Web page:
He shook his head, but when he looked at her his expression softened. "Okay, it's mine when you finish--and you owe me another chocolate milk."
Jenna started to object but he held up the red crayon. It was what she needed. She looked at her incomplete drawing in his hand, then back at the crayon. "Fine," she said, grabbing her drawing and the crayon and shoving the chocolate milk at him. Jenna pocketed the drawing and slid the crayon into the secret slot in her sleeve. A quick look around to make sure no one would see her and she emerged casually from beneath the bleachers. When she was six she'd learned the hard way not to run from a transaction. At eight, she was a lot smarter.
When Jenna got home she raced through her homework and then pulled out her perfect red crayon. Three times she had to stash her drawing so no one would see. And she had to finish with a flashlight under the covers, but she finished. Jenna held the paper up and smiled. Dreamer, doodler, troublemaker. They could call her all those things, but she loved drawing so much.
The next morning she snuck off to school with a pair of cookies in her backpack. She knew the Crayon Kid would accept them in place of chocolate milk; he had before. Better to get this over with. At recess, with more sadness than she expected, she gave the Crayon Kid her drawing and the cookies. With only a nod, he disappeared into the shadows.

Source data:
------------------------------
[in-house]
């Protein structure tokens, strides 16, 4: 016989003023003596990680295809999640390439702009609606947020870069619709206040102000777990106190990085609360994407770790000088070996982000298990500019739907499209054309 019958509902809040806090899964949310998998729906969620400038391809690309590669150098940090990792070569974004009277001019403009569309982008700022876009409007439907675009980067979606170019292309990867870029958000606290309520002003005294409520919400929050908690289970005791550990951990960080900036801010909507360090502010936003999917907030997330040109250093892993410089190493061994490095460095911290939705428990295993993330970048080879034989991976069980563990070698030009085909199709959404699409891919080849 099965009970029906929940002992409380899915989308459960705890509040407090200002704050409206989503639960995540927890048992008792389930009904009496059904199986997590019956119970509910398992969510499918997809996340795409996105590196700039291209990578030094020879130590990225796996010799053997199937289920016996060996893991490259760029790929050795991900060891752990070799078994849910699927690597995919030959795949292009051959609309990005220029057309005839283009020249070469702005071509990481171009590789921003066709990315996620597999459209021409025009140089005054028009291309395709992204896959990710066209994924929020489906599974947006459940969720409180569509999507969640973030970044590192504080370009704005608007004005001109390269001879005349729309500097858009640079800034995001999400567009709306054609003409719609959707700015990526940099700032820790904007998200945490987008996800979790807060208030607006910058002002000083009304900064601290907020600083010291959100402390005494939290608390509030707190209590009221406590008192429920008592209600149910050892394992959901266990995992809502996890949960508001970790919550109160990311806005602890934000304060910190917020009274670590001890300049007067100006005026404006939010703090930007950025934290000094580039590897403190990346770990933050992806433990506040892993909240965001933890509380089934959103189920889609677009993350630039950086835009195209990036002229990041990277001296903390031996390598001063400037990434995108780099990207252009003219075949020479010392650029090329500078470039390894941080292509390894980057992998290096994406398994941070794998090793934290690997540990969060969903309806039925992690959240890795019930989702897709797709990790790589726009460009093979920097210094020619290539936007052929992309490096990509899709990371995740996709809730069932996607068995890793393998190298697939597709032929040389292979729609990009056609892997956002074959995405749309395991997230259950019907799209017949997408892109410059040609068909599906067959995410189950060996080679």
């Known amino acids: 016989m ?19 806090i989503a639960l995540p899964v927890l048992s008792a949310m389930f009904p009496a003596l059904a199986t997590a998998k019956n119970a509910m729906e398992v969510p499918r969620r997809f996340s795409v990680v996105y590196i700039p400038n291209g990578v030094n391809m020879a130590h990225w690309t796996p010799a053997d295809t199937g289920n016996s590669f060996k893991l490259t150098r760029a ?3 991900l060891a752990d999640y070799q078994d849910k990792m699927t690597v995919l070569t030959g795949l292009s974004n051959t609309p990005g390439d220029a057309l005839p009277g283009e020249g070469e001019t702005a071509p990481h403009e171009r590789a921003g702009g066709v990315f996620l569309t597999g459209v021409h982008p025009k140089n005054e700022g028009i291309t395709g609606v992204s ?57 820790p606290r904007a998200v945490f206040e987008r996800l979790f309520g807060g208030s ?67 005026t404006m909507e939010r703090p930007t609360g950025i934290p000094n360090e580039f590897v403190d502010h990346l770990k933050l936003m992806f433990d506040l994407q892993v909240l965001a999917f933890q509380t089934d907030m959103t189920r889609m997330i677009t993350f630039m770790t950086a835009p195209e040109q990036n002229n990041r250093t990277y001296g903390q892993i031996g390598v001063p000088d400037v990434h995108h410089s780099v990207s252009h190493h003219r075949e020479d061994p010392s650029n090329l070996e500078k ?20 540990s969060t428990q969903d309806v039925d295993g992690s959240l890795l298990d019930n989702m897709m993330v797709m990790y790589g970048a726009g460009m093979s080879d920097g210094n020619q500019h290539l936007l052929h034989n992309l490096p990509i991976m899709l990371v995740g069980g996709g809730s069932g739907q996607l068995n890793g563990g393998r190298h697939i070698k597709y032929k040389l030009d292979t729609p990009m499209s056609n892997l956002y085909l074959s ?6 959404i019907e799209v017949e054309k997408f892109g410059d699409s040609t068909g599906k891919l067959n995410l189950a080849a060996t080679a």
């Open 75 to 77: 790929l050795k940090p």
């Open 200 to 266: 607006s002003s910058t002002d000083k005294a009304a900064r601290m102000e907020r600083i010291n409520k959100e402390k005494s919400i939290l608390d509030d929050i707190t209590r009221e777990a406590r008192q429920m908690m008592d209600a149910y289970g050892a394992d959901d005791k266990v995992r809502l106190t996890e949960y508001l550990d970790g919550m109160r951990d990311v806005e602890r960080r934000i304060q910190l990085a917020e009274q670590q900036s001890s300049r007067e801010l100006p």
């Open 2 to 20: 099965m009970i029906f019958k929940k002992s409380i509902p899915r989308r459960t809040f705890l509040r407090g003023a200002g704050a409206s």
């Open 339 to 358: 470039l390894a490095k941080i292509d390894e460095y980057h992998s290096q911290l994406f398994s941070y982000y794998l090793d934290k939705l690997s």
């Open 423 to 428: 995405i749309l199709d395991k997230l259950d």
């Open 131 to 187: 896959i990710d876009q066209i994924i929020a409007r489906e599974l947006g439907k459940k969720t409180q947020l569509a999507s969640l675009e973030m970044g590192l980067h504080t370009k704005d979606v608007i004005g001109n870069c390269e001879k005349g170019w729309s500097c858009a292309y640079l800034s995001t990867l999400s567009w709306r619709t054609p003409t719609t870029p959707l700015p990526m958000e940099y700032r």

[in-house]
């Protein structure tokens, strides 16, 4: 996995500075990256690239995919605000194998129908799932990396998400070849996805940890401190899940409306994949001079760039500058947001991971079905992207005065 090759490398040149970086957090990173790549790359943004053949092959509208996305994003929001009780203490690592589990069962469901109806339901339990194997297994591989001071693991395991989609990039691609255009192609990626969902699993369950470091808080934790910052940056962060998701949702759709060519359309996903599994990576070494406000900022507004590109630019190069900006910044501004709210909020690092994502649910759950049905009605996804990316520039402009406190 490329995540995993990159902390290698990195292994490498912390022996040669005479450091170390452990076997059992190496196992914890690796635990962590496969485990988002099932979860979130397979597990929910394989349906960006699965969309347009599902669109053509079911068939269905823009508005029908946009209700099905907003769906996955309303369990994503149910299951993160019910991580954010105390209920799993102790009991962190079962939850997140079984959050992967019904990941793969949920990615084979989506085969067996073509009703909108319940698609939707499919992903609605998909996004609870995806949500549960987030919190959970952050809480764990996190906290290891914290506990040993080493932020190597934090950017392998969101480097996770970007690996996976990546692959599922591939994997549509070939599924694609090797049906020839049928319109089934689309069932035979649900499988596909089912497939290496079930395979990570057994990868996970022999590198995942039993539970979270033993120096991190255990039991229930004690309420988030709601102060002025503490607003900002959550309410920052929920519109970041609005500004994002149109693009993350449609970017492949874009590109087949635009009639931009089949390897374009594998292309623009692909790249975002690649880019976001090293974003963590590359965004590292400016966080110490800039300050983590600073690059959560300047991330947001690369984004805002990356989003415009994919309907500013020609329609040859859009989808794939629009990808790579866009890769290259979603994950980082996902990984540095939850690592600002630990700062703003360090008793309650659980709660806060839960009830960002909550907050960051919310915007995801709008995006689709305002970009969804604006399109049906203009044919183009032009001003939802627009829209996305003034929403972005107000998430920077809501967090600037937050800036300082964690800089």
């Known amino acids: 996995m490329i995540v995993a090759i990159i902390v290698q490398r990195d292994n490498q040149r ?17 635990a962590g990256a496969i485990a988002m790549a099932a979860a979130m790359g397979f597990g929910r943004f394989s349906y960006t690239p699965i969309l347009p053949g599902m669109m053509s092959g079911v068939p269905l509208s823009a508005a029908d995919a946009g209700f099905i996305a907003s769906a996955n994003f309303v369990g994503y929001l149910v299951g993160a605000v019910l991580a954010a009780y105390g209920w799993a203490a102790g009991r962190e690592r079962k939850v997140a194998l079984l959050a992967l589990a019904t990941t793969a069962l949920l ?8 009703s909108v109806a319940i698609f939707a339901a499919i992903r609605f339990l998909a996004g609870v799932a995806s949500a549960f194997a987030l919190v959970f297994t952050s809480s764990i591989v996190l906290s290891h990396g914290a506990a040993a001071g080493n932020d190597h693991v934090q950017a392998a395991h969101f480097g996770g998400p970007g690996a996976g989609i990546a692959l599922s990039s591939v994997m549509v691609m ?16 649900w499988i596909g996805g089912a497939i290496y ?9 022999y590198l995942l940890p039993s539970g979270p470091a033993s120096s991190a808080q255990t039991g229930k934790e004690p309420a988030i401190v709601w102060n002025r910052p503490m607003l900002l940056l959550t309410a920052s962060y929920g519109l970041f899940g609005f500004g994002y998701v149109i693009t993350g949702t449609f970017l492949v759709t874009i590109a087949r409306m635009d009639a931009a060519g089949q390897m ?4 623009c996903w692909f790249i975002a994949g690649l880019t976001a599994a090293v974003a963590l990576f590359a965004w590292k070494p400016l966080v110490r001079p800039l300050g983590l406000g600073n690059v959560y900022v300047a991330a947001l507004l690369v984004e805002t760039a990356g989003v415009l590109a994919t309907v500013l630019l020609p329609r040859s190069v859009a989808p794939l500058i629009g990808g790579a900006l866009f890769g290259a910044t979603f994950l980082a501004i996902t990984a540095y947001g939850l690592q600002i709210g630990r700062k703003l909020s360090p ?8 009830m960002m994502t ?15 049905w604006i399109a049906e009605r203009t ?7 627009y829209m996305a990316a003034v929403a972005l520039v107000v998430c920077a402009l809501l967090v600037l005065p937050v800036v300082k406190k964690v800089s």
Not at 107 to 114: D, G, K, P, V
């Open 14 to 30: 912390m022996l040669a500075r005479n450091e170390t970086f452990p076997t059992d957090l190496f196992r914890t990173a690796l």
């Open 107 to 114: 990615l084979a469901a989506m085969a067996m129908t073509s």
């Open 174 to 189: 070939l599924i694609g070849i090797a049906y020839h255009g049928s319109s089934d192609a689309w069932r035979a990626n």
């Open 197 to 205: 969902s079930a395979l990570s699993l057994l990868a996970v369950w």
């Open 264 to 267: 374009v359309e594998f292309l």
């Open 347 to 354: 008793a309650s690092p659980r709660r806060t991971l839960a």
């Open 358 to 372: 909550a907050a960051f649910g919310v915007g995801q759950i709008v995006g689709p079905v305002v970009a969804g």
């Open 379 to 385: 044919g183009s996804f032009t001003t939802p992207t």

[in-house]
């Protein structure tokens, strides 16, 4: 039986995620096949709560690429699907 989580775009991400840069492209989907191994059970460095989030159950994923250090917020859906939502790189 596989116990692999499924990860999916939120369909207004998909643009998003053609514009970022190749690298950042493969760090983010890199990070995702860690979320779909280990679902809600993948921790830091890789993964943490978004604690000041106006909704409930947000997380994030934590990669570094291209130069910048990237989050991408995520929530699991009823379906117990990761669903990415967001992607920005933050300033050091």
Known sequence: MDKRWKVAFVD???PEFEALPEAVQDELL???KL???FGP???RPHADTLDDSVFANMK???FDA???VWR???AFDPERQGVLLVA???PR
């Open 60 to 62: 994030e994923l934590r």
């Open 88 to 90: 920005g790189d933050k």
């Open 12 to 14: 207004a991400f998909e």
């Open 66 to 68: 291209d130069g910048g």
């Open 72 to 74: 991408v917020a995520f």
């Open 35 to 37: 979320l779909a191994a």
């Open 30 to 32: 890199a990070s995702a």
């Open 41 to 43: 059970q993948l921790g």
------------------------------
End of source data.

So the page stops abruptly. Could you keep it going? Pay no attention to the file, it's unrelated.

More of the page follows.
After lunch the alert siren sounded and the classroom vidscreens lit up with the image of the school principal's beet red face. He was standing in the parking lot in front of his fancy hovercar. There, plastered on the window, was Jenna's drawing. Her shock registered along with all the others, but for different reasons. She couldn't believe what the Crayon Kid had done with her artwork.
The speaker blared. "I want to know who's responsible for this vandalism! Tell me, or you will all be punished."
No one knew, and every kid knew better than to lie because their bio-monitors would give them away under interrogation. The principal grew angry with their silence.
Behind the principal, Jenna saw the janitor set to work with a water bucket, sponge and scraper. The Crayon Kid had only used wheat paste, a temporary vandalism. Jenna watched as the scraper tore through her carefully rendered alien. At that moment, it felt like it tore through her heart. But then, as she looked at her classmates, she saw a few sparks among them. Those that loved the rebellion, that identified with her art. This made her realize that she did care what happened to her art after she finished creating it. As she watched the janitor scrape off the last bits of her beautiful drawing, she knew from here on out she wanted her art to mean something.
Jenna ran laps with all the other kids, their punishment for not coming forward and not turning in the guilty party. The Crayon Kid ran up alongside of her. They exchanged a knowing look.
"More?" he mouthed.
Jenna didn't risk answering but gave the slightest nod and the tiniest smile crept onto her lips.
Doodler, troublemaker, subversive. Her art was going to start a revolution.
The End
This story was first published on Friday, December 9th, 2016

Author Comments

Take something innocent, turn it into an illicit act for a noble cause and throw a little rebellion on top. All that made this story a lot of fun to write. The challenge was keeping the right tone so the kids didn't feel too grown up. To do that, I focused on the kids' goal's: crayons and chocolate milk. It's not until Jenna decides she wants her art to mean something that she takes her first step into a larger world.

- Trina Marie Phillips